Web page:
Metoprolol tartrate is contraindicated in sinus bradycardia, heart block greater than first degree, cardiogenic shock, and overt cardiac failure (see WARNINGS).Hypersensitivity to metoprolol tartrate and related derivatives, or to any of the excipients; hypersensitivity to other beta-blockers (cross sensitivity between beta-blockers can occur).Sick-sinus syndrome.Severe peripheral arterial circulatory disorders.Pheochromocytoma (see WARNINGS).
-- A heart rate of less than 60 beats per minute, with its origin in the sinus node. (NCI)
-- Impaired conduction of cardiac impulse that can occur anywhere along the conduction pathway, such as between the SINOATRIAL NODE and the right atrium (SA block) or between atria and ventricles (AV block). Heart blocks can be classified by the duration, frequency, or completeness of conduction block. Reversibility depends on the degree of structural or functional defects.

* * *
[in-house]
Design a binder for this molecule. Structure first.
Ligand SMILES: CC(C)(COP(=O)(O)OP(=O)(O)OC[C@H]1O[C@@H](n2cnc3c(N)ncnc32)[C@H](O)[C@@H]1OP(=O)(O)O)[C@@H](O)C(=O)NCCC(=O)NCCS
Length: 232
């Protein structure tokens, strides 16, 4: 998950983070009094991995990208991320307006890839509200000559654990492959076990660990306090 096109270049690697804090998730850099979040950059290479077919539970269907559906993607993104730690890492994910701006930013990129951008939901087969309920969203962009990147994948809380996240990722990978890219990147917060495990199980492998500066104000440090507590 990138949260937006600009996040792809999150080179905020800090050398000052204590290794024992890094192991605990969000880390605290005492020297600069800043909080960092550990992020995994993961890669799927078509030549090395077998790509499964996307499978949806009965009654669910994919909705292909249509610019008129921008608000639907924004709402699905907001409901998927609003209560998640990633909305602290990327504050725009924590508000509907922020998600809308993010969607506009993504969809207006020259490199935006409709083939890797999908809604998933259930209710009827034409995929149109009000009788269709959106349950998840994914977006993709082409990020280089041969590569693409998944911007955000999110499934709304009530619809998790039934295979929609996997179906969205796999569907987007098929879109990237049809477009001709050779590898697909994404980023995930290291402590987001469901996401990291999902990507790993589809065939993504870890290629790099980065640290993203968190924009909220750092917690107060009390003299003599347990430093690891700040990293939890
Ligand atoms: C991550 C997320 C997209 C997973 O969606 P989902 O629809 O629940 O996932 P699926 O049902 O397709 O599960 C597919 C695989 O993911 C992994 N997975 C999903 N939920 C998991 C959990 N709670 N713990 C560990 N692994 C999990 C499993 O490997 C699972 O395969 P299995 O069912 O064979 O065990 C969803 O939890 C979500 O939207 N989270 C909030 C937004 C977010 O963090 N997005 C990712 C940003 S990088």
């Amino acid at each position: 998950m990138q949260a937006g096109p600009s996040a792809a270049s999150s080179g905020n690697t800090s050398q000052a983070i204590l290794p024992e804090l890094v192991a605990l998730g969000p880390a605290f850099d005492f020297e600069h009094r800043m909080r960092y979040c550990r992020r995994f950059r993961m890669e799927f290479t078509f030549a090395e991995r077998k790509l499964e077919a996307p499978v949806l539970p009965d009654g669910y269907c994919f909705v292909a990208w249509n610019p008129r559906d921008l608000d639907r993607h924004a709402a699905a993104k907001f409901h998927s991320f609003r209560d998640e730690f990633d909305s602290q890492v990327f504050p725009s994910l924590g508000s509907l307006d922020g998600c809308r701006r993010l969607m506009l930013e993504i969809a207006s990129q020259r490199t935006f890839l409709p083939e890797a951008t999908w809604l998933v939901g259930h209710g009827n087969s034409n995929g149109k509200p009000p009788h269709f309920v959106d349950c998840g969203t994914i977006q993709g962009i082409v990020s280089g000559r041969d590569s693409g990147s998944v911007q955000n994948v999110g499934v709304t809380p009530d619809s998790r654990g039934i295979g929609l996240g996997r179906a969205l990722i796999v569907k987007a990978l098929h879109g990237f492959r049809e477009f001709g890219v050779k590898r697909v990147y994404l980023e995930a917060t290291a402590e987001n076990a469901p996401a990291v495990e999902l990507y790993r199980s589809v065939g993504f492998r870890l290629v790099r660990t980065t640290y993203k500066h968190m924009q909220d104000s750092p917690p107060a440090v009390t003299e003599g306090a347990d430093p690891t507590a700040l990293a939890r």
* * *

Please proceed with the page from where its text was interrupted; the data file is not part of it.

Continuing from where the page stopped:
-- Shock resulting from diminution of cardiac output in heart disease.
-- inability of the heart to pump blood at an adequate rate to fill tissue metabolic requirements or the ability to do so only at an elevated filling pressure.
-- Altered reactivity to an antigen, which can result in pathologic reactions upon subsequent exposure to that particular antigen.
Sick Sinus Syndrome
-- A condition caused by dysfunctions related to the SINOATRIAL NODE including impulse generation (CARDIAC SINUS ARREST) and impulse conduction (SINOATRIAL EXIT BLOCK). It is characterized by persistent BRADYCARDIA, chronic ATRIAL FIBRILLATION, and failure to resume sinus rhythm following CARDIOVERSION. This syndrome can be congenital or acquired, particularly after surgical correction for heart defects.
Unspecified circulatory system disorder
-- A usually benign, well-encapsulated, lobular, vascular tumor of chromaffin tissue of the ADRENAL MEDULLA or sympathetic paraganglia. The cardinal symptom, reflecting the increased secretion of EPINEPHRINE and NOREPINEPHRINE, is HYPERTENSION, which may be persistent or intermittent. During severe attacks, there may be HEADACHE; SWEATING, palpitation, apprehension, TREMOR; PALLOR or FLUSHING of the face, NAUSEA and VOMITING, pain in the CHEST and ABDOMEN, and paresthesias of the extremities. The incidence of malignancy is as low as 5% but the pathologic distinction between benign and malignant pheochromocytomas is not clear. (Dorland, 27th ed; DeVita Jr et al., Cancer: Principles & Practice of Oncology, 3d ed, p1298)